Written by Peter CarterNovember 22, 2014
The baby’s mother had purchased a gel pack which she used to treat a burn to his hand in 2008.
In her momentary absence, four-year-old Jason Mellare bit into the skin of the pack, puncturing it and ingesting its toxic contents. He deteriorated rapidly and was treated for kidney failure with dialysis, under a medically induced coma. As a long-term consequence, he acquired a brain injury that resulted in cognitive impairment and inability to control his emotions.
Through his parents, he sued United Pacific Industries – a privately owned Victorian health industry supplier – whose Thermoskin product was the cause of the devastating injuries. The claim under s 75AD of the Trade Practices Act 1974 (Cth) resulted in a damages verdict of $685k, plus payment of his solicitors’ costs agreed at $215k.
UPI – who had not conducted any tests of its own on the product or the gel within – sought an indemnity for the full $900k it was required to pay from the company it had contracted in Taiwan for its manufacture.
The many representations over the years from Taiwan Stanch Co – who began the supply of the product UPI in 1999 – identified the gel as propylene glycol, an inert non-toxic substance.
We have tested our gel by SGS and proved it to be non-toxicate gel. Therefore, it does not affect the human body in any way if accidentally swallow it. However, to swallow it in quantity may cause slight diarrhoea and there will be no other side effects.
Again, in relation to its effect on health if swallowed:
No health effects are expected … if symptoms develop, such as diarrhoea, nausea, vomiting, cramps, weakness, collapse. Drink large amounts of water and get medical attention.
Even its invoices to UPI specified “all products contain non-toxic gel”.
But tests by Therapeutic Goods Administration after the accident, demonstrated the Thermoskin pack contained not the benign propylene glycol as claimed but rather, highly toxic ethylene glycol.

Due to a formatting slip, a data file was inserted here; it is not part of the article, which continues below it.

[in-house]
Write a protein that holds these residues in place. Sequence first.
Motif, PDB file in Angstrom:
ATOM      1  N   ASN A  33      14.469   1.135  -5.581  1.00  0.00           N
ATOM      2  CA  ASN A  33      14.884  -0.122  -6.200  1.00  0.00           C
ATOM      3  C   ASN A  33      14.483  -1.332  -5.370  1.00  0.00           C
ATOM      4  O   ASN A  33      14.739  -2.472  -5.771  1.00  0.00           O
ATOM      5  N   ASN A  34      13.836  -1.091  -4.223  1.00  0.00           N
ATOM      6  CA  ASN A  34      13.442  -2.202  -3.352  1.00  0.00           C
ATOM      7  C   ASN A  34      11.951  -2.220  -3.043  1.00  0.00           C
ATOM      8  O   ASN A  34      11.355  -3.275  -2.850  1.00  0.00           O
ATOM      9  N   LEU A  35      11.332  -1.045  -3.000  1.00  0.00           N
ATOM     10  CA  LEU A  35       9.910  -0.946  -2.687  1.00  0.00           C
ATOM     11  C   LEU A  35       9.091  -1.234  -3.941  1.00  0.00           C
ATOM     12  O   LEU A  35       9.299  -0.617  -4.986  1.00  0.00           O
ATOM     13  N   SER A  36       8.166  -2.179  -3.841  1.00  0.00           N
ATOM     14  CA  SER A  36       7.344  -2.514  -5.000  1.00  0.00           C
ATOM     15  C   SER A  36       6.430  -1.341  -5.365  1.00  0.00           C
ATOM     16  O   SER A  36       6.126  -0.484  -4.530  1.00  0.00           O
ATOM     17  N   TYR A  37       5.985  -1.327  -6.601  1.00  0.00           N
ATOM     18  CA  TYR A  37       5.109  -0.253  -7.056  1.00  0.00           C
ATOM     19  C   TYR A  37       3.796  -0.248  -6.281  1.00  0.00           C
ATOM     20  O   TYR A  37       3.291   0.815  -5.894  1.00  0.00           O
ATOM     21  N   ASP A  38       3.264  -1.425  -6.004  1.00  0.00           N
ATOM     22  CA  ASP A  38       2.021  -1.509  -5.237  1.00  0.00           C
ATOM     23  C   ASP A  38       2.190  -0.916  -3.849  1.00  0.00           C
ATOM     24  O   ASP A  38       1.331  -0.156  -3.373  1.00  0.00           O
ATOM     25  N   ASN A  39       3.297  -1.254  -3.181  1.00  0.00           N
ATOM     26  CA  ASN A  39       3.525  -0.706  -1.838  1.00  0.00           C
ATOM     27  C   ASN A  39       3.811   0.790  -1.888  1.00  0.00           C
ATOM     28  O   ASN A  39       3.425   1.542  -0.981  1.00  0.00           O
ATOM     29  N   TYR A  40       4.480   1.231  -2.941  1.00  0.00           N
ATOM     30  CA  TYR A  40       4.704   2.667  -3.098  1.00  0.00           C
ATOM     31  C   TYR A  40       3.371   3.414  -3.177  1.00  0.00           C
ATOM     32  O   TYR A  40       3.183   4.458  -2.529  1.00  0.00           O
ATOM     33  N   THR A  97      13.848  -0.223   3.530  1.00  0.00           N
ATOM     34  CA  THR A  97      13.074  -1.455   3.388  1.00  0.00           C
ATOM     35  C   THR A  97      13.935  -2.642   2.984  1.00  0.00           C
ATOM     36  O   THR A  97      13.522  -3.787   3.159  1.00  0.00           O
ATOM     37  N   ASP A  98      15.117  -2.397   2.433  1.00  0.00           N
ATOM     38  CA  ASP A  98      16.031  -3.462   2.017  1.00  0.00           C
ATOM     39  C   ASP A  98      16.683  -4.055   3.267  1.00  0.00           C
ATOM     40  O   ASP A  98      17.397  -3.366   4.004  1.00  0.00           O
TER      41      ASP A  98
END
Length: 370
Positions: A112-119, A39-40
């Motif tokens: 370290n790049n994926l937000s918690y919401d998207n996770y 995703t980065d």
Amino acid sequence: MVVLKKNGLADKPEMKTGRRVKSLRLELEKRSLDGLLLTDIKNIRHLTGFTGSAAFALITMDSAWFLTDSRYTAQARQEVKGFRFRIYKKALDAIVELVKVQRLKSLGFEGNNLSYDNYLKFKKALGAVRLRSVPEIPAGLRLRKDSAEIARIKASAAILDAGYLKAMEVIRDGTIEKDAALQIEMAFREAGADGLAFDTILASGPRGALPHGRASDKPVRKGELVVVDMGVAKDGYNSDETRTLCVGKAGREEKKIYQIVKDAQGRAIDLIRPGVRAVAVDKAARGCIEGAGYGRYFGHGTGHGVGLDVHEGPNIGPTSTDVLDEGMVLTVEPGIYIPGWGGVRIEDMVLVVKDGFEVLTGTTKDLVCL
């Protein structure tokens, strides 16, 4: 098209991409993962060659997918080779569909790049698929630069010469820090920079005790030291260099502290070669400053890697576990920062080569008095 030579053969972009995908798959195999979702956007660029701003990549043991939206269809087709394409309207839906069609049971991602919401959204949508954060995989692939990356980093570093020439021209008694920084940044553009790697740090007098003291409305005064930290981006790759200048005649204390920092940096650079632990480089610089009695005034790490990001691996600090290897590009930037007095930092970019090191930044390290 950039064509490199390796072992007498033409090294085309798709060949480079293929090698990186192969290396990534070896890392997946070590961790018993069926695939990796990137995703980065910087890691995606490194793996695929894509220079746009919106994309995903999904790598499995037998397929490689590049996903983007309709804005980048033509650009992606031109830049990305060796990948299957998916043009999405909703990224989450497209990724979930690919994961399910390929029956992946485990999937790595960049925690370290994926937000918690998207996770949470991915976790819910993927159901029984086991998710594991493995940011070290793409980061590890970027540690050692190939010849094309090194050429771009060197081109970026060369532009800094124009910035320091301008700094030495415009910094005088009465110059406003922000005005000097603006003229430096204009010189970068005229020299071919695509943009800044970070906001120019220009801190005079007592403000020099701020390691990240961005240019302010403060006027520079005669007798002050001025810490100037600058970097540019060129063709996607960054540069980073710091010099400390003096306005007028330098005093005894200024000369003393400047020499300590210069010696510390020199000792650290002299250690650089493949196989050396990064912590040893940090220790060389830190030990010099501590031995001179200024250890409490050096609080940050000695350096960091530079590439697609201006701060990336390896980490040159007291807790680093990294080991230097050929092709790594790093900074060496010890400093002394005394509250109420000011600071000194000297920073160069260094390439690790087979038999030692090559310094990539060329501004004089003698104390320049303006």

Having been sued under the TPA, the court took the view that UPI’s cross claim was also required to be determined under that law. In the absence of any federal law concerning cross claims for contribution, it noted the law of New South Wales was “picked up” and should be applied under s 79 and s 80 of the Judiciary Act 1903 (Cth).
UPI alternatively claimed damages against Taiwan Stanch for breach of contract.
Stanch’s defence asserted its representations as to the nature of the gel were not terms of the contract between the parties and that in any event Taiwanese law applied.
Justice Joseph Campbell of the Supreme Court of New South Wales held that because the representations as to the nature of the gel were not merely “representational” but were “promissory” in character, they formed a term of the contract. “I am satisfied to the necessary, high degree that it was a term of the contract that the gel contained propylene glycol and was non- toxic in nature”.
His Honour was also of the view that the claim by UPI against Taiwan stanch could be disposed of summarily and entered judgment on application without trial for $900k plus UPI’s costs. He also ruled that it was unnecessary to decide whether the law of Taiwan or that of Australia applied to the contract because there was no evidence that Taiwanese law was materially different.
There was no contractual condition to that effect and “no evidence before me to suggest that the general law of contract under Taiwanese law is different from the general law of contract at common law”.
In the context that Taiwan stanches neither opposed nor supported the application for summary judgment, he was prepared to rule in such circumstances on the presumption that the law was the same in both places without resolving what the proper law of the contract was.
The Taiwanese manufacturer had already agreed to fund an Australia wide product recall of UPI’s Thermoskin gel packs.
Mellare v United Pacific Industries Ltd  NSWSC 1626 Campbell J 12/11/2014 – view decision